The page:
Most of us have an alarming tangle of cables and connectors on, below, and behind our desks. Multiply that by a hundred or a thousand times, and you have an idea of the cables and wiring that need to be managed in a car, a piece of machinery in a factory, or servers in a datacenter.
Designers of electro-mechanical systems with an ever-growing collection of cables and connectors have developed an approach that uses a wiring harness to manage a group of electrical cables by connecting them together in a bundle. The wiring harness is easier to install and maintain in the end product if cables are bundled together, and reliability is also improved if there are no single cables bouncing around.
An OEM (original equipment manufacturer) cable assembly is always the preferred option compared to a “gray market” or off-brand cable assembly when figuring out how to handle cables. When designing or maintaining a system, it might be tempting to use a cheaper brand, but that is a misguided, short-sighted approach. Let’s take a closer look.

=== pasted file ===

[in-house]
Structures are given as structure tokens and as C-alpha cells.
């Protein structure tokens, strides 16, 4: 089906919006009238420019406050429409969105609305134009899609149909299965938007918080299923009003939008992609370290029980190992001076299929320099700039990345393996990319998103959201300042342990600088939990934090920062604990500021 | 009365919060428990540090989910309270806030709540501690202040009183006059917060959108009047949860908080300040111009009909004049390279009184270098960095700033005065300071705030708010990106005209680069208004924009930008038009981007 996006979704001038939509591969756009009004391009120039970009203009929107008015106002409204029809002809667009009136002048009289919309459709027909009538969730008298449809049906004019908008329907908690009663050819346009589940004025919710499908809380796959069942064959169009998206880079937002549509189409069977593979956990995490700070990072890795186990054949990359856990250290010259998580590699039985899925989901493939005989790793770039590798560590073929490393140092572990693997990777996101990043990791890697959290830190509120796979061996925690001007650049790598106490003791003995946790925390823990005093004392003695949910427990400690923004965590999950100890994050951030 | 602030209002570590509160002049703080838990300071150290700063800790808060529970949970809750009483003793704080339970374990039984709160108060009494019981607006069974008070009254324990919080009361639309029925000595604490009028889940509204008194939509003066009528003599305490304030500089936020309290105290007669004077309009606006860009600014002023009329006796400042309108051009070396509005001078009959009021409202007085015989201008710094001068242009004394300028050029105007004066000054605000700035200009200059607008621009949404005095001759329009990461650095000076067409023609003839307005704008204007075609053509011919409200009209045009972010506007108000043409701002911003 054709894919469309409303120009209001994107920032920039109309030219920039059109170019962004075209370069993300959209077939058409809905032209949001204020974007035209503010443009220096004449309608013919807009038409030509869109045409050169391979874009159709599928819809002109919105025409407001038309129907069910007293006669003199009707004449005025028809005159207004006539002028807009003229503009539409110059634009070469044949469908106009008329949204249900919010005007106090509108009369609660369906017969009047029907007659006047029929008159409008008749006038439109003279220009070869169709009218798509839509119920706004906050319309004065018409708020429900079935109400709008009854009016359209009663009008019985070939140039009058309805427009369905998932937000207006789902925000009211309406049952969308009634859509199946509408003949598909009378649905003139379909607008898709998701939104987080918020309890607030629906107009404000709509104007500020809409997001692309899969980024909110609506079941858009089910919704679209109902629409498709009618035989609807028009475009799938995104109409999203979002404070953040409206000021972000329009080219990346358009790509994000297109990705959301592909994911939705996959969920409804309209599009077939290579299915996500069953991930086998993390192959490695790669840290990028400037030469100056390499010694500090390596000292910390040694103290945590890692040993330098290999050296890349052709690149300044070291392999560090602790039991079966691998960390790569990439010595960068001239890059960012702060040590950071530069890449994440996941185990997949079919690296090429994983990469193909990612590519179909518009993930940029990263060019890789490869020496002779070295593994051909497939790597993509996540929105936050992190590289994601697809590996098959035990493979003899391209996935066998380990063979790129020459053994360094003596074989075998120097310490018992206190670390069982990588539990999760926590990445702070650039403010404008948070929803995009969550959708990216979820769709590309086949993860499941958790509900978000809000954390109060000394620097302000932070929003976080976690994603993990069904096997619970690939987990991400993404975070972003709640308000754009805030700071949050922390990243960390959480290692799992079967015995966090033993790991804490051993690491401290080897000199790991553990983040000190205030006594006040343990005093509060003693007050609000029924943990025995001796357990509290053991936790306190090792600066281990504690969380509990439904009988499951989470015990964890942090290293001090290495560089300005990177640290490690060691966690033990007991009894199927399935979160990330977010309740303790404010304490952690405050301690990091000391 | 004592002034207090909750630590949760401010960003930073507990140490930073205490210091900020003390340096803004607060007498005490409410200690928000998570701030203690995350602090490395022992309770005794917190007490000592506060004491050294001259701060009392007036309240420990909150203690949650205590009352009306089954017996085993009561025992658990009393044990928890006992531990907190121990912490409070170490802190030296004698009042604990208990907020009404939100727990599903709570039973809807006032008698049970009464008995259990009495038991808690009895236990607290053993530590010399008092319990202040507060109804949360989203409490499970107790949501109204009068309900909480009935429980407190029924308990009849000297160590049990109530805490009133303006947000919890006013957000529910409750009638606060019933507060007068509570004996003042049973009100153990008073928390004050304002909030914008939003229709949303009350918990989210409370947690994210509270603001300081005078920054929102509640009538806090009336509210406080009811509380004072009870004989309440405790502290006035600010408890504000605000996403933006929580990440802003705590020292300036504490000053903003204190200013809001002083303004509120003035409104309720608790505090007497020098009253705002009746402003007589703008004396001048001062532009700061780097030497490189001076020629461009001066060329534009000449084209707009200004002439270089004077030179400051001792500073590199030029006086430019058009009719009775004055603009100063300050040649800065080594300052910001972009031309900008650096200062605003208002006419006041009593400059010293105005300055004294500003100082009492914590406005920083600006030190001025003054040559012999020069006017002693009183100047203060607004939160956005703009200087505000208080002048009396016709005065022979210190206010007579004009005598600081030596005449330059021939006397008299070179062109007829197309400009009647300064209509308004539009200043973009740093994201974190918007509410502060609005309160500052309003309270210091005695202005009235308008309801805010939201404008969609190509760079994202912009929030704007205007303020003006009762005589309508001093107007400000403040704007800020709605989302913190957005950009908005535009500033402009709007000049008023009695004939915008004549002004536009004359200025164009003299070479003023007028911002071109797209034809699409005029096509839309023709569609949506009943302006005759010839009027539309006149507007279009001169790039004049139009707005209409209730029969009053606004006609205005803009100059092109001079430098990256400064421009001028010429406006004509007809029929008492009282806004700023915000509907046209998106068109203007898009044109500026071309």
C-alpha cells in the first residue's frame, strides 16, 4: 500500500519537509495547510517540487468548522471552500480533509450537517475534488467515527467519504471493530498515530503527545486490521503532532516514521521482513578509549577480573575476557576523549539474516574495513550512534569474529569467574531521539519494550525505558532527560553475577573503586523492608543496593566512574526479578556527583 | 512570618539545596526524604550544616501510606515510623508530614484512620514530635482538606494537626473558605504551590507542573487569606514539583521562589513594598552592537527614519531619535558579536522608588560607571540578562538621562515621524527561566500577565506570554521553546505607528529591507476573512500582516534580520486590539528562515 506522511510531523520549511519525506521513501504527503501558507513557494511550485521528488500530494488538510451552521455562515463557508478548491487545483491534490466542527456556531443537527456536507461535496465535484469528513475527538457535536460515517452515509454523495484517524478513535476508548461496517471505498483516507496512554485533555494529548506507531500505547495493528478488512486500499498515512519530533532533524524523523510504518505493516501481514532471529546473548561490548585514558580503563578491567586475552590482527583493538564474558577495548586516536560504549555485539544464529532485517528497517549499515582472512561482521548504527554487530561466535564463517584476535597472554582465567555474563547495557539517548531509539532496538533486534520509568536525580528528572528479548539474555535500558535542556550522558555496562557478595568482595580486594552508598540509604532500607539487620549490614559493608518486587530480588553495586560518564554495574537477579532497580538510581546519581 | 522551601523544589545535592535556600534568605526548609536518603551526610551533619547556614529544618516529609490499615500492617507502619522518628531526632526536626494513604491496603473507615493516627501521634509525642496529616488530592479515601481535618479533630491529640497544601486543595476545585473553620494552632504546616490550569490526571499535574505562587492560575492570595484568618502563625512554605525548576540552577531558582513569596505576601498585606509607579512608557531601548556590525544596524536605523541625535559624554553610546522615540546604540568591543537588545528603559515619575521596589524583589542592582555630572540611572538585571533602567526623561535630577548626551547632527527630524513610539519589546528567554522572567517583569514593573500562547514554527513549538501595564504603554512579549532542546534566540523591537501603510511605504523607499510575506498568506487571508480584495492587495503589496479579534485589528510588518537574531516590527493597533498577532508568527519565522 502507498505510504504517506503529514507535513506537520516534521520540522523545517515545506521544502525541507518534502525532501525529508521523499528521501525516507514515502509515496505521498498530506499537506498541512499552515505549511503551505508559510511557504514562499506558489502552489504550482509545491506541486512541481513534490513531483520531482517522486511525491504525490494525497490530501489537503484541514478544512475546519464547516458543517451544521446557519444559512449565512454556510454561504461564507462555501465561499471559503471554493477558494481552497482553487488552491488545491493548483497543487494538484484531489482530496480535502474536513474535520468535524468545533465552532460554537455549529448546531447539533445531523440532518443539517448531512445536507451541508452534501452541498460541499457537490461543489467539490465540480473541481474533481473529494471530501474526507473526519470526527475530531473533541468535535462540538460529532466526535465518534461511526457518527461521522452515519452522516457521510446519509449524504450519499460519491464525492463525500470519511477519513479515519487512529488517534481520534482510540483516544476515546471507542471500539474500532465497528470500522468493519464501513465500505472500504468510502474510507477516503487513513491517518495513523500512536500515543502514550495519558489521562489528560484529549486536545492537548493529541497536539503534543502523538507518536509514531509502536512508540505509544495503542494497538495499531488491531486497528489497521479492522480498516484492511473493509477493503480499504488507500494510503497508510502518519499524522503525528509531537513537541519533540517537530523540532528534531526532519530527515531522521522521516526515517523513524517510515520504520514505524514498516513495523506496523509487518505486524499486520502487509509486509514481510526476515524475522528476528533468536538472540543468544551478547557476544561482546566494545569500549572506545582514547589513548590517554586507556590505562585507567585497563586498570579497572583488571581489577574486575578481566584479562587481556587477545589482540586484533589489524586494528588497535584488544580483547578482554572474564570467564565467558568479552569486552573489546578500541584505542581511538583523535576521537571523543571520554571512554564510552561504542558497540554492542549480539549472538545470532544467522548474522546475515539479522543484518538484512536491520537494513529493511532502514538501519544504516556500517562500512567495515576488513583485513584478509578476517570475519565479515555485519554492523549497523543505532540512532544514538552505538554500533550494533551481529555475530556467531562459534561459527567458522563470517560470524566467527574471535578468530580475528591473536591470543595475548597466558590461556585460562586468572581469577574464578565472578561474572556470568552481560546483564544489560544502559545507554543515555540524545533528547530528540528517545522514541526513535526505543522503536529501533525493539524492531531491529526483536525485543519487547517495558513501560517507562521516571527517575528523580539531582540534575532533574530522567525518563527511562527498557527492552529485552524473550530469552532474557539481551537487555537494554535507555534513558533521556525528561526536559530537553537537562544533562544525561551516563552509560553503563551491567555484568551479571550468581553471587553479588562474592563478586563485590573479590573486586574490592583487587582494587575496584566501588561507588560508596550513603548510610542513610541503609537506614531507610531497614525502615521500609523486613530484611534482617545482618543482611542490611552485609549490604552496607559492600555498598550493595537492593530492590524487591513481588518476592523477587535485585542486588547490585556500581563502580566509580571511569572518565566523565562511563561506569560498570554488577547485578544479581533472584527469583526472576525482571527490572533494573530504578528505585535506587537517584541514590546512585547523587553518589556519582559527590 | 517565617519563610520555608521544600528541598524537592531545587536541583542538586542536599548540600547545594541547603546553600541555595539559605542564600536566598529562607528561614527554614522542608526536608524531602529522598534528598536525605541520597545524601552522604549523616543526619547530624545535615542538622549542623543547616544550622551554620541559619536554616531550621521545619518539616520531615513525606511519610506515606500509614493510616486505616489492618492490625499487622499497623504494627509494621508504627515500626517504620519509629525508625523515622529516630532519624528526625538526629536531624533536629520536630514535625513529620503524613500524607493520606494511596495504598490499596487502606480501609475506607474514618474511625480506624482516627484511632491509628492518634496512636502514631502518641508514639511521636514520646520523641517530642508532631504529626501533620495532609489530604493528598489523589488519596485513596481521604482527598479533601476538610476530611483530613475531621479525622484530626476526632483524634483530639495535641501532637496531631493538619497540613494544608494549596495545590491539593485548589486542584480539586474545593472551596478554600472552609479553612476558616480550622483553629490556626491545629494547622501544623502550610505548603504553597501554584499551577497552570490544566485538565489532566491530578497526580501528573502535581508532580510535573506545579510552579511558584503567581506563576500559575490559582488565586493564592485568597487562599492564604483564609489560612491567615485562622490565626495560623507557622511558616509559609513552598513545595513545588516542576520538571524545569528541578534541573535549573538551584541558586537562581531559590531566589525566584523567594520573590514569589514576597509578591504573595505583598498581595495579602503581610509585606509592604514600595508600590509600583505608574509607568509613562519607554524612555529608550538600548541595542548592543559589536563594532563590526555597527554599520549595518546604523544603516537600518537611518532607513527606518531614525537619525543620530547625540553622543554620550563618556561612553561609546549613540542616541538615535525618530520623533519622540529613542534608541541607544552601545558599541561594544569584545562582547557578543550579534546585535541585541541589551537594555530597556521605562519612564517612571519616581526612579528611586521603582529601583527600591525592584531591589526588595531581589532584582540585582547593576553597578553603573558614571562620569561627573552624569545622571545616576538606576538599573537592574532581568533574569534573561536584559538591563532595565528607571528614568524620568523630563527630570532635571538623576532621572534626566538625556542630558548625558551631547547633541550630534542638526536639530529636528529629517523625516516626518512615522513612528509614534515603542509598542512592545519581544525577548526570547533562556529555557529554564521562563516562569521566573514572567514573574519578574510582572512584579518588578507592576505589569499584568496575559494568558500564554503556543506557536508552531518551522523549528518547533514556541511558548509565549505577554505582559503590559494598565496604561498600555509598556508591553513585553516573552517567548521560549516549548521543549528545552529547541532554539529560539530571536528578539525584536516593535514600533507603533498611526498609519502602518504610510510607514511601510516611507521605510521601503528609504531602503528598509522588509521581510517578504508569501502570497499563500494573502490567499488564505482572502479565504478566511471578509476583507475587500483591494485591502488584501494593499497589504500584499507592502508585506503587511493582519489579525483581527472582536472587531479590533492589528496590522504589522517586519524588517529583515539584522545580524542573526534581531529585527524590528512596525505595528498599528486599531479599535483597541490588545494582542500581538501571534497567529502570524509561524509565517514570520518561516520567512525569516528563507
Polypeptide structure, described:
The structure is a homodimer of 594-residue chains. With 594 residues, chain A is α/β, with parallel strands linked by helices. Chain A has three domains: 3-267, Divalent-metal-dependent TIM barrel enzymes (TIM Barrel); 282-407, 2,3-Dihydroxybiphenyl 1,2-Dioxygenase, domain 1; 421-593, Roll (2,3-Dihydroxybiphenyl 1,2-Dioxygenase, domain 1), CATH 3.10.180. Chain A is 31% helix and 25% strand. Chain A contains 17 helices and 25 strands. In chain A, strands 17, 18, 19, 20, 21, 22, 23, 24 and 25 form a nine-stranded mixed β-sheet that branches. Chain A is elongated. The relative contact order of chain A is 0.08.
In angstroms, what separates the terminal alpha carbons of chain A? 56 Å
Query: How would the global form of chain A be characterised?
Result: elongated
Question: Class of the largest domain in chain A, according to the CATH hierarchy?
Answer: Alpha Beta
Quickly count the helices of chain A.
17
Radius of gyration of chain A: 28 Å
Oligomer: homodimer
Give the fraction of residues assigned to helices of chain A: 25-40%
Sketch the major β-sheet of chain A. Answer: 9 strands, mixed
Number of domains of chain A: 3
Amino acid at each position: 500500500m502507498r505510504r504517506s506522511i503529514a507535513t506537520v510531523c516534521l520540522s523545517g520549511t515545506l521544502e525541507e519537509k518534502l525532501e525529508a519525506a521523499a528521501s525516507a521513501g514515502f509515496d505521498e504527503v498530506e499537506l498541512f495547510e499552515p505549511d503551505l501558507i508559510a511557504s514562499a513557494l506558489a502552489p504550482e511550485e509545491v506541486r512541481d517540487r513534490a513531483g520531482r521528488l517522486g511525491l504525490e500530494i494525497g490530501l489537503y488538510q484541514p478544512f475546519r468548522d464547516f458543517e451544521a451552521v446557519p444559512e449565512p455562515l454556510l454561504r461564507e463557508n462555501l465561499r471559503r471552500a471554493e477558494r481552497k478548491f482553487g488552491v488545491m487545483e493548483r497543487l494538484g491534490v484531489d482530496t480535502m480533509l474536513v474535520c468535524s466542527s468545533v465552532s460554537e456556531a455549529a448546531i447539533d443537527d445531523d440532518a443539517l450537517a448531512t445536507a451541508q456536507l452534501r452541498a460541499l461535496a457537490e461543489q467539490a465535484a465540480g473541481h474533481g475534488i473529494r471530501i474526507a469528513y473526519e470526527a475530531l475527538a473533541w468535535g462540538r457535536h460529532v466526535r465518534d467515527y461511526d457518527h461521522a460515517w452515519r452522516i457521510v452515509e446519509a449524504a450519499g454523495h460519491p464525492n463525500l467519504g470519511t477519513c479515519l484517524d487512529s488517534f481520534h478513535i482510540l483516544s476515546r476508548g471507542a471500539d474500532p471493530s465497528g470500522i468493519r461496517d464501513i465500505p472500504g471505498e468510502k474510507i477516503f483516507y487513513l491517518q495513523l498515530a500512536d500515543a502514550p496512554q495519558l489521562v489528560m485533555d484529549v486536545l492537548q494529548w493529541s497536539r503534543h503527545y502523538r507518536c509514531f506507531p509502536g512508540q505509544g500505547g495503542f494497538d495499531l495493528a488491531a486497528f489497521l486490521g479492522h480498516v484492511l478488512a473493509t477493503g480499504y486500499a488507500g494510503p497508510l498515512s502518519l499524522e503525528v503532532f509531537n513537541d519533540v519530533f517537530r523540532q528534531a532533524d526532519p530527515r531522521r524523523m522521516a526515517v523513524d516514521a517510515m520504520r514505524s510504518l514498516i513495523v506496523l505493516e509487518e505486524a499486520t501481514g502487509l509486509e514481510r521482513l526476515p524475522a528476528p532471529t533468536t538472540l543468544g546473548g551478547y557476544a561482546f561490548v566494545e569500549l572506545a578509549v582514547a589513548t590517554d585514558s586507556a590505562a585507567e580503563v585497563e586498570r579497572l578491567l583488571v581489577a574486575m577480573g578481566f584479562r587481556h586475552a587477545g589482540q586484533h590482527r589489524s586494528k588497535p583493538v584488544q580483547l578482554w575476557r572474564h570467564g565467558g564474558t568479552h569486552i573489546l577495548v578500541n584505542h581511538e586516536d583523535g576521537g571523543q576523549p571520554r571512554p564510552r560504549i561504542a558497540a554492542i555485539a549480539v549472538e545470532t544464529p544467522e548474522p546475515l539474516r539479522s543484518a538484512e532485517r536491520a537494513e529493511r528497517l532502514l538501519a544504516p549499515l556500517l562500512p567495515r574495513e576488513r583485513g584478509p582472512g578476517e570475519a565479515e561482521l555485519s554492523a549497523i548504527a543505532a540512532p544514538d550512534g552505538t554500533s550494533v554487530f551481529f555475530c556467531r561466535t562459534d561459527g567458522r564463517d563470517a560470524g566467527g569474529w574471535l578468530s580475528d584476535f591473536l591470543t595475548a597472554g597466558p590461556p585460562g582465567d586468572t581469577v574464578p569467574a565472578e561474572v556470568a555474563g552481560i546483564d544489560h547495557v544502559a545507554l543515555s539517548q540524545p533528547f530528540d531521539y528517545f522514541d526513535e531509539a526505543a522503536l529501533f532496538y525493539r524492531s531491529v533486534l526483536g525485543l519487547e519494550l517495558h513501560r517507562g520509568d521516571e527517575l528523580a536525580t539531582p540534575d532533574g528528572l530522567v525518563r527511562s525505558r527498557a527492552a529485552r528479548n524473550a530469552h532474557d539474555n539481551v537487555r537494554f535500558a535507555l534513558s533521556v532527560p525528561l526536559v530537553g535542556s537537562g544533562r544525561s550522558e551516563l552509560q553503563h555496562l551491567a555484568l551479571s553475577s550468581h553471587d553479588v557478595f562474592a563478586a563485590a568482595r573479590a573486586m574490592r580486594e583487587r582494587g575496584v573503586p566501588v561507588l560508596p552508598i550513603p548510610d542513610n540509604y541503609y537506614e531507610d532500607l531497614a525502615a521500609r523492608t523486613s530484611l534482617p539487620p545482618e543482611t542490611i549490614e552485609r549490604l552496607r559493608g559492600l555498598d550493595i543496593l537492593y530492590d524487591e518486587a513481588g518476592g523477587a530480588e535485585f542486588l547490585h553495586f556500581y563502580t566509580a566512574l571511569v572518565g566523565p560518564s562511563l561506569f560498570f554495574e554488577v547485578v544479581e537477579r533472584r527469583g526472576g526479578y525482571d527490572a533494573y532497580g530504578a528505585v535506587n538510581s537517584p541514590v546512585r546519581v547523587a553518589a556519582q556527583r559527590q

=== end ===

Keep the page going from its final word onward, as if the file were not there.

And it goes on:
What about cost?
OEM cable assemblies will likely cost a bit more, but that is a reflection of the quality and reliability of them compared to the gray market version. If you cut corners with a cheap cable assembly, you run the risk of early failure and put the whole system in jeopardy.
A cable assembly is usually a very small fraction of the cost of the system that houses it. Consider automotive applications. You can see cable assemblies everywhere – under seats, under the dashboard in the doors, under the hood – but copper cables, connectors, and insulation are a modest investment compared to the engine, electronics, body, and interior. Still, the functioning of the car depends on the cable assemblies. If the cables fail, the whole car fails. It would make no sense to save a few dollars on a cable assembly if, for example, that doubles the chance of a cable assembly failing. That failure means that the car – worth tens of thousands of dollars – would be out of commission. Your system customer doesn’t want to trace a failure back to a cable supplier trying to save a few bucks. Along with the cost of rectifying that situation, you will probably lose some business too.
Do You Need to Use OEM Cable Assemblies? Only if you want them to work!
So, when putting together a bill of materials for a system that includes cable assemblies, make the smart choice and specify OEM cable assemblies. They will be factory certified and guaranteed to meet all specifications, including lifetime and reliability. It’s the most cost-effective approach to design and procurement, and your customers will appreciate that you are prioritizing the performance and long-term value of their products. Need OEM cables? Contact us and let Xecunet help you with your next project.